A Review of Deadpool

Deadpool is a character that has struck a chord with a large part of comic book’s fandom. He was originally created by Rob Liefeld as part of the anti-hero fad of the ’90s. I’m not too familiar with his work, but the internet has taught me Liefeld’s reputation falls somewhere between “child molester” and “Donald Trump.”  Yet the character remains a favorite that has lead to parodies, homages, and the knowledge that there will be armies of Deadpools at any convention.

I think this is because Deadpool is the ultimate reflection of the average geek’s personality. He is a man with the brainpower to write a PhD level dissertation on the comic universe he inhabits, but is also an immature creature who thinks that dick and fart jokes are the height of wit.

It’s obvious why people wanted to see a Deadpool film, but it’s also easy to see why the studios were so hesitant to make it. Make the film as a standard superhero film and you’ll upset the fans. Yet Deadpool exists to point out the bizarre inconsistencies of the Marvel universe and how dumb it is to treat these characters like they have an impact on the real world. Making a movie like that would potentially damage other films in Marvel’s stable.

So director Tim Miller tried to balance the two approaches. And I don’t know if it really works.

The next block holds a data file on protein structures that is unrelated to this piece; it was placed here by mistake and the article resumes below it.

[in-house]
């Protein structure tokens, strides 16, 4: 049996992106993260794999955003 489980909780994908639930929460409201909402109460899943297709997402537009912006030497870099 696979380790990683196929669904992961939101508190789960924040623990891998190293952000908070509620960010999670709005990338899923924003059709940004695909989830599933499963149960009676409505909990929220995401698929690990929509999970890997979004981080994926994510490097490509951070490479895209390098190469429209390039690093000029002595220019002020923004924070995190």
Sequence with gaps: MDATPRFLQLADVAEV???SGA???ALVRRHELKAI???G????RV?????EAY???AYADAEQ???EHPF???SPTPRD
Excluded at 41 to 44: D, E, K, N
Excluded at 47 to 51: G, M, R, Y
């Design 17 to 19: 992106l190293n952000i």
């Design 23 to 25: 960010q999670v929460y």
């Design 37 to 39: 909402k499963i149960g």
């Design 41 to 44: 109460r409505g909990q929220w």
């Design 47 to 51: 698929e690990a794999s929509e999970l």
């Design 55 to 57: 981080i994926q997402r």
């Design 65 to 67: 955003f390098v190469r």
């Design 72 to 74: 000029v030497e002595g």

The film is at its best when it’s just about Deadpool, his origins, and his desires. However, there are still moments when they try to somehow tie this film into Fox’s X-Men series. I’ve become increasingly exhausted with Marvel films. They don’t understand what makes these characters work. It’s not about the ongoing mythologies that will never have a resolution and thus will never be satisfying. It’s about using these characters that have become a familiar part of the culture and seeing how they can be applied to a self contained story. Ask a comic book fan what his favorite Superman story is, and he’s far more likely to list Grant Morrison’s beautiful All Star Superman than he is That One Issue, I think it was #605, Where Superman Teams Up with the Superman of Eath-2 and They go Back in Time But it Ends Before They Defeat the Villain.  Somehow, the Marvel cinematic universe seems to think that the later approach is the correct one to take. Deadpool is not nearly as egregious with this approach as Avengers: Age of Ultron but falls for that same trap.

The film does one thing unequivocally right – casting Ryan Reynolds as Deadpool. Reynolds has always been a gifted comic performer who was repeatedly saddled with terrible roles. Van Wilder is one of the worst comedies I’ve seen, but Reynolds still managed to get a great performance out of that weak material.

Deadpool finally gives him something worthy of his screen persona. As Wade Wilson, Reynolds works as a hired killer whose  quipping helps . We only see him perform one job – intimidating a stalker who has been harassing a young woman. But he openly lets the audience know that he is not a “good guy” and tries to bait someone into killing another gun for hire. Still, he exudes a blue-collar charm that makes the character more familiar and likable than Wolverine ever was in his films.

Wilson is in love with Vanessa (Morena Baccarin, who has not aged a day since Firefly) and asks her to marry him (using a Ring Pop). He is later diagnosed with terminal cancer and given the opportunity by a mysterious man named Ajax (Ed Skrien) who claims he can cure the cancer using the same mutant genes that give the X-men their powers.